Brad Adams, Human Rights Watch Asia director said:

“The Thai military’s incommunicado detention of a well-known rights activist should set off alarm bells given the army’s long history of abuse in southern Thailand…the Thai government can address the growing concerns for Aiman’s safety by immediately allowing him access to his family and lawyer, bringing him before a judge, and moving him to civilian custody or releasing him.”

According to Human Rights Watch the enforcement of the Martial Law Act in Thailand’s southern border provinces has long raised concerns that the rights of detainees are not respected. This draconian law provides military authorities with legal immunity and broad powers to detain individuals without charge in informal places of detention. Military authorities have often delayed providing information on detainees and their whereabouts, heightening concerns about enforced disappearance and mistreatment.

Since January 2004, a violent armed conflict has taken place in Thailand’s southern border provinces of Pattani, Yala, and Narathiwat.

Magazine editor convicted for lèse-majesté released after seven years

On 30 th April 2018, Thai magazine editor and pro-democracy activist Somyot Pruksakasemsuk was released from prison after serving a seven-year sentence on lèse-majesté (insulting the monarchy) and defamation charges.

Somyot was arrested on 30th April 2011, in connection with two satirical articles in his Voice of Taksin magazine, which Thai authorities considered to defame the late King Bhumibol Adulyadej, even though the Printing Act protects editors from being held accountable for the content of others.

Article 112 of the Penal Code (the lèse majesté law), prohibits any word or act which “defames, insults, or threatens the King, the Queen, the Heir-apparent, or the Regent” and carries up to 15 years of imprisonment for each offence. In 2012, the United Nations Working Group on Arbitrary Detention (WGAD)  found that Somyot’s detention was arbitrary and that he should be released.

Human Rights Watch said:

“Somyot’s long imprisonment exemplifies Thai authorities’ misuse of the draconian lèse majesté law to punish those deemed to be critics of the government…the Thai government will continue to face global condemnation until there are serious initiatives to amend the lese majeste law and reform its enforcement so that people in Thailand can truly enjoy freedom of expression.”

Since the May 2014 military coup, Thailand’s junta has tightened the chokehold on freedom of expression in the name of protecting the monarchy. According to Human Rights Watch the junta has arrested at least 105 people on lèse majesté charges, mostly for posting or sharing critical commentary online about the monarchy. Some of those charged for critical Facebook posts have been sentenced to decades in prison.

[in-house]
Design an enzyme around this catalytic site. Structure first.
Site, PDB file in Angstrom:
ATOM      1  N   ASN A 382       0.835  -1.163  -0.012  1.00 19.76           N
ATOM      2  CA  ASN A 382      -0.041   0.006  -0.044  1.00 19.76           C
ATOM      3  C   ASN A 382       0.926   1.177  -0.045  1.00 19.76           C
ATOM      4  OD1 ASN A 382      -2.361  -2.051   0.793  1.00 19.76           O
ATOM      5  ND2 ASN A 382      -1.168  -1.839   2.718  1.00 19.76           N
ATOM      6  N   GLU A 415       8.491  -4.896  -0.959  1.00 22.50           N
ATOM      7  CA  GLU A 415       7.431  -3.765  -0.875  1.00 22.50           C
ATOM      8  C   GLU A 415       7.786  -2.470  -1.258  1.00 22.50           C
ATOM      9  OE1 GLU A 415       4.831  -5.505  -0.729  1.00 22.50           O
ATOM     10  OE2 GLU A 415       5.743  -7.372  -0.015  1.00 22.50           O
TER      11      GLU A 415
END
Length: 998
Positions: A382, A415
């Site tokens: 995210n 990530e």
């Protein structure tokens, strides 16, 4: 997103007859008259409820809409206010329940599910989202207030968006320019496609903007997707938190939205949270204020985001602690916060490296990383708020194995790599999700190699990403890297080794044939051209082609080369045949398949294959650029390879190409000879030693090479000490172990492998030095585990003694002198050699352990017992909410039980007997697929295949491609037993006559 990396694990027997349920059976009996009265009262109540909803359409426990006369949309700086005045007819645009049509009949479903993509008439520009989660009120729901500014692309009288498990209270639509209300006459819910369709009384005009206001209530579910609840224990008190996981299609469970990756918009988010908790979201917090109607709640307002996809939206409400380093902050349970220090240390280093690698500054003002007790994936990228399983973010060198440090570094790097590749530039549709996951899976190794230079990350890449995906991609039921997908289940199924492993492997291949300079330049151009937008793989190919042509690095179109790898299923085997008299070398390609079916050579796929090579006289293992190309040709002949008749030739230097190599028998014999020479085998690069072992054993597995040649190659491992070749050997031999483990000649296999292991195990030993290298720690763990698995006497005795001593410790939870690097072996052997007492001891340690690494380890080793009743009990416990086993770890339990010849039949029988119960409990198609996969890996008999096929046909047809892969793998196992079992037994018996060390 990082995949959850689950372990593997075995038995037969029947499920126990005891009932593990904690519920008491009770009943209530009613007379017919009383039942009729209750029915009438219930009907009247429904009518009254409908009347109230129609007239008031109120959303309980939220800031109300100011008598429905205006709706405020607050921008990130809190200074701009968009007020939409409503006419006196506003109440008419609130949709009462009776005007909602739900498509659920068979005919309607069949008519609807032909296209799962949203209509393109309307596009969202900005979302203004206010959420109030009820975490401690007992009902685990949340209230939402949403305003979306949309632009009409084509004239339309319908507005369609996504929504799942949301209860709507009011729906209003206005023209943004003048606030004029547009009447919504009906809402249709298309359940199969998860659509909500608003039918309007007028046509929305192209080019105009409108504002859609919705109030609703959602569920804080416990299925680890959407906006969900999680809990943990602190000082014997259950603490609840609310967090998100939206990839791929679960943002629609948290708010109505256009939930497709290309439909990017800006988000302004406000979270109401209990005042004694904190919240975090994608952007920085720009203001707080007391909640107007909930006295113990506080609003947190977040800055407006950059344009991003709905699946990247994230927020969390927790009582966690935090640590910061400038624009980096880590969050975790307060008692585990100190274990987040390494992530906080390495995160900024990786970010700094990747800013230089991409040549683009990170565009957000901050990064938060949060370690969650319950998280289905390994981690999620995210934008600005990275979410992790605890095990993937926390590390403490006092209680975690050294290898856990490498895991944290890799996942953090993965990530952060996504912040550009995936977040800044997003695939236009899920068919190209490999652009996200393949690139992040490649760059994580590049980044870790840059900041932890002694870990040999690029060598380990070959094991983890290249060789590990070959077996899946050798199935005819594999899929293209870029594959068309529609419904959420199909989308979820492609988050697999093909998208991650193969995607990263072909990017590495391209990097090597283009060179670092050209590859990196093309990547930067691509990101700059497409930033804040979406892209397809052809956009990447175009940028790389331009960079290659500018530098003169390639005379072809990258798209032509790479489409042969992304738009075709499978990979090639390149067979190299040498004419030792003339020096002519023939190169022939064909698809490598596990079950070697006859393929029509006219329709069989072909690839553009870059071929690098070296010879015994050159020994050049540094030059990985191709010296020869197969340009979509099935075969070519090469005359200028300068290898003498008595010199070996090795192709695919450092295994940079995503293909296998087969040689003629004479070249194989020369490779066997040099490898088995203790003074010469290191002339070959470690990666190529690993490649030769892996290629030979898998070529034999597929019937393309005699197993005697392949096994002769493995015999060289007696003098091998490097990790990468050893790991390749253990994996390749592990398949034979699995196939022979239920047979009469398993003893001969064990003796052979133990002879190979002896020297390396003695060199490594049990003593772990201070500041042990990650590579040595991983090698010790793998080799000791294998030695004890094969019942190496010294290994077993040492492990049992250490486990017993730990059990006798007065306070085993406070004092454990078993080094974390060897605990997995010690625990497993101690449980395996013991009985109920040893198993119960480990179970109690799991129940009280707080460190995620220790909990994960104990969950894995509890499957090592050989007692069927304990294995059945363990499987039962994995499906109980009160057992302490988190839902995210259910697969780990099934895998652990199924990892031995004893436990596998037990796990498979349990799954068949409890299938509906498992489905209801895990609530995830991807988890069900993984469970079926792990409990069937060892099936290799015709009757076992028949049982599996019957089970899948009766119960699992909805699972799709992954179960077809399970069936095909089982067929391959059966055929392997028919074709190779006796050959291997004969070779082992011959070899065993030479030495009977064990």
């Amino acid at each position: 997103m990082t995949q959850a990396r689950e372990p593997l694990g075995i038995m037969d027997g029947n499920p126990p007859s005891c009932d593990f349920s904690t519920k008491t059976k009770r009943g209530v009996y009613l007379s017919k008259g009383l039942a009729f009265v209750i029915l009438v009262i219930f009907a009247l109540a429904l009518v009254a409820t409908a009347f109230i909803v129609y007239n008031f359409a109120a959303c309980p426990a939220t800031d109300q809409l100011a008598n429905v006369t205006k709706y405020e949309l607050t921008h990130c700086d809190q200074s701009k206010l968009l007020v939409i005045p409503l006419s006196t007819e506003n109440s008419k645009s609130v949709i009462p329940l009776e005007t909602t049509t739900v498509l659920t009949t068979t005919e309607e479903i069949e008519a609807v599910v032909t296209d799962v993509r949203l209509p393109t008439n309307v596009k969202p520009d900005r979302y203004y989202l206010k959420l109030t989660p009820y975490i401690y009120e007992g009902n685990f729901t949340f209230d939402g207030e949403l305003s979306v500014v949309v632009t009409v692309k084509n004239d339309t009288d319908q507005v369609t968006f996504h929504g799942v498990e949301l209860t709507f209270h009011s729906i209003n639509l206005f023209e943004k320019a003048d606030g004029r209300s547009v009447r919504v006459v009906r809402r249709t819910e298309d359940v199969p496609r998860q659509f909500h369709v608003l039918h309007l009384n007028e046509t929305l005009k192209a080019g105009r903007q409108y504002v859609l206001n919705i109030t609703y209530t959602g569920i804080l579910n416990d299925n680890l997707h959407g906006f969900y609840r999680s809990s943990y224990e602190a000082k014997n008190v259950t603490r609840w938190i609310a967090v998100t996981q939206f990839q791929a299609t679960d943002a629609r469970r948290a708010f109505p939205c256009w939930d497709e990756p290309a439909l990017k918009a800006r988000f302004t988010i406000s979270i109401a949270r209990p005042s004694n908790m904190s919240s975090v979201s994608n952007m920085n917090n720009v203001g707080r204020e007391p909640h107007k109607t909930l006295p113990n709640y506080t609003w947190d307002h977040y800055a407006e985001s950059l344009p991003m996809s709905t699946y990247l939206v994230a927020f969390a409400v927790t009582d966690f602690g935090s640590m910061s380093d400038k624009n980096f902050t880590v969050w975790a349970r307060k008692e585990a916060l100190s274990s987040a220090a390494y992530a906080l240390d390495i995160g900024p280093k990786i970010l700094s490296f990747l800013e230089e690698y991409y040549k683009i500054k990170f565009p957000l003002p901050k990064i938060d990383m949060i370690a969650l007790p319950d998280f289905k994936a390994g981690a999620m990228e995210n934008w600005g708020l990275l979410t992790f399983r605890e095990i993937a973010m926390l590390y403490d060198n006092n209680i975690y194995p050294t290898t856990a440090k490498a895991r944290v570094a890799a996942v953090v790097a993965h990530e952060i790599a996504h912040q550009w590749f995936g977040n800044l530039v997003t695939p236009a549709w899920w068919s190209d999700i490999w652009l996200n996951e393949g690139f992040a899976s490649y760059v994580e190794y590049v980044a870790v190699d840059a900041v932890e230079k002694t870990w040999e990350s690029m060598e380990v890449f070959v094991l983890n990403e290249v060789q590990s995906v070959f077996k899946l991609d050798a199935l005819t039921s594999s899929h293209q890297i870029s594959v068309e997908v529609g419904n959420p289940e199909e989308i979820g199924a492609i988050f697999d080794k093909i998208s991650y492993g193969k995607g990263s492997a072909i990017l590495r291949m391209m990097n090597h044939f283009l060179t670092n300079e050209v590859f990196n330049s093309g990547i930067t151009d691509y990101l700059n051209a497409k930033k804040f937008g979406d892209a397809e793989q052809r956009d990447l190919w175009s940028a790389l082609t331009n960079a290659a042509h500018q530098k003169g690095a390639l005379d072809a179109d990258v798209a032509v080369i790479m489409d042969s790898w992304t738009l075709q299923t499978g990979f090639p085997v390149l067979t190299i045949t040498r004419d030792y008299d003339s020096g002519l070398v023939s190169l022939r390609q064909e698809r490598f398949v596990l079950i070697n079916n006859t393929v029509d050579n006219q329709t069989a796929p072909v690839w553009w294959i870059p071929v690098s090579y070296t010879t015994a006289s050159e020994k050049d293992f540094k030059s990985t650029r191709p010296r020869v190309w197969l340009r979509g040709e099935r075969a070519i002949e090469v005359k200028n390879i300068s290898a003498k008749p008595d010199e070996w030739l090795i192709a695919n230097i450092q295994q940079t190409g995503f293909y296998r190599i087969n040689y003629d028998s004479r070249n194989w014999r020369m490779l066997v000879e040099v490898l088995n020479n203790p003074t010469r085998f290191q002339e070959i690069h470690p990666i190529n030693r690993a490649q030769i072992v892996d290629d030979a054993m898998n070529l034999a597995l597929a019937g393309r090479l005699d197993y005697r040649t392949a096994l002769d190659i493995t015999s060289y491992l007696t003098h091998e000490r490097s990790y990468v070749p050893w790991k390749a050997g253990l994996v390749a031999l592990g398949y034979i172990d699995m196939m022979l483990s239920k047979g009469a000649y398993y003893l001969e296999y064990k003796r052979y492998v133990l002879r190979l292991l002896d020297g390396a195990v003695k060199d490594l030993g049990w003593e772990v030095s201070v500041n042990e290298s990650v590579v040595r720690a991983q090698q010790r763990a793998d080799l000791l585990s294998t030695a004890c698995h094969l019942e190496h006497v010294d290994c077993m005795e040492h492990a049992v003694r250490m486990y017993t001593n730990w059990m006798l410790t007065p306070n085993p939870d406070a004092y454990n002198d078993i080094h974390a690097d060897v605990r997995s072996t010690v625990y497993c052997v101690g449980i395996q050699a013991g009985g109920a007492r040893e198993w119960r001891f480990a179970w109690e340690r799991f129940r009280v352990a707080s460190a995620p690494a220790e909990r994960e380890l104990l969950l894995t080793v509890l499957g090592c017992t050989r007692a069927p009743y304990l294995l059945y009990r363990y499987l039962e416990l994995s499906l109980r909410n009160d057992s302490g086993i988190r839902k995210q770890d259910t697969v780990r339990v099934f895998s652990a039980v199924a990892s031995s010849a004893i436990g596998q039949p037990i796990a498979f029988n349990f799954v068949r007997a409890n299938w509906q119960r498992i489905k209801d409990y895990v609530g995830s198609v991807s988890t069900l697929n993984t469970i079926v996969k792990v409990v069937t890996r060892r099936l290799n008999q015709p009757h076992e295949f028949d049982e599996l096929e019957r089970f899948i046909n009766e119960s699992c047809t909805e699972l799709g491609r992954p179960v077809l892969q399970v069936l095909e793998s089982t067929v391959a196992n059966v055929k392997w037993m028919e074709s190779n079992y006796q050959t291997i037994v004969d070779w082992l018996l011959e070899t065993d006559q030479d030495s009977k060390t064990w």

Peaceful assembly

On 3rd May 2018, hundreds of protesters gathered outside the United Nations’ regional headquarters in Bangkok and two other locations to urge Thailand’s military government to end what they say is the intimidation of community activists by authorities.

The demonstration was one of the largest displays of displeasure against the Thai junta in recent months. It was organised by the People’s Movement for Just Society, or P-Move, a network that represents farmers, the urban poor and indigenous people who have been forced from their land.

On 13th May, P-Move activists, who have traveled in their hundreds from other provinces to gather in Bangkok, agreed to disperse after coming to an initial agreement with the military government, who promised it would fix land rights issues in different provinces.

The protest underscores growing public disgruntlement ahead of a general election that the military government has repeatedly delayed. Most recently, the date has been set for 2019.

Protesters stage demonstration against development on forested land 

Over one thousand people gathered in the northern Thai city of Chiang Mai on 29th April to protest against the building of a government luxury housing project on forested land, in one of the largest demonstrations held thus far under military rule.

Ariel images of the housing project for judges, circulated on social media over the past few months, showed construction has carved into the forested foothills of Chiang Mai’s Doi Suthep mountain, inciting public anger.

Protesters, many wearing green ribbons, demanded the government demolish the new buildings that encroach into Doi Suthep mountain, saying the government must comply in seven days or face more protests.

The gathering was one of the largest since Thailand’s junta took power following a 2014 coup. The junta imposed a ban on public gatherings of over five people and has largely curbed freedom of expression through various orders and used military and police force to block public gatherings.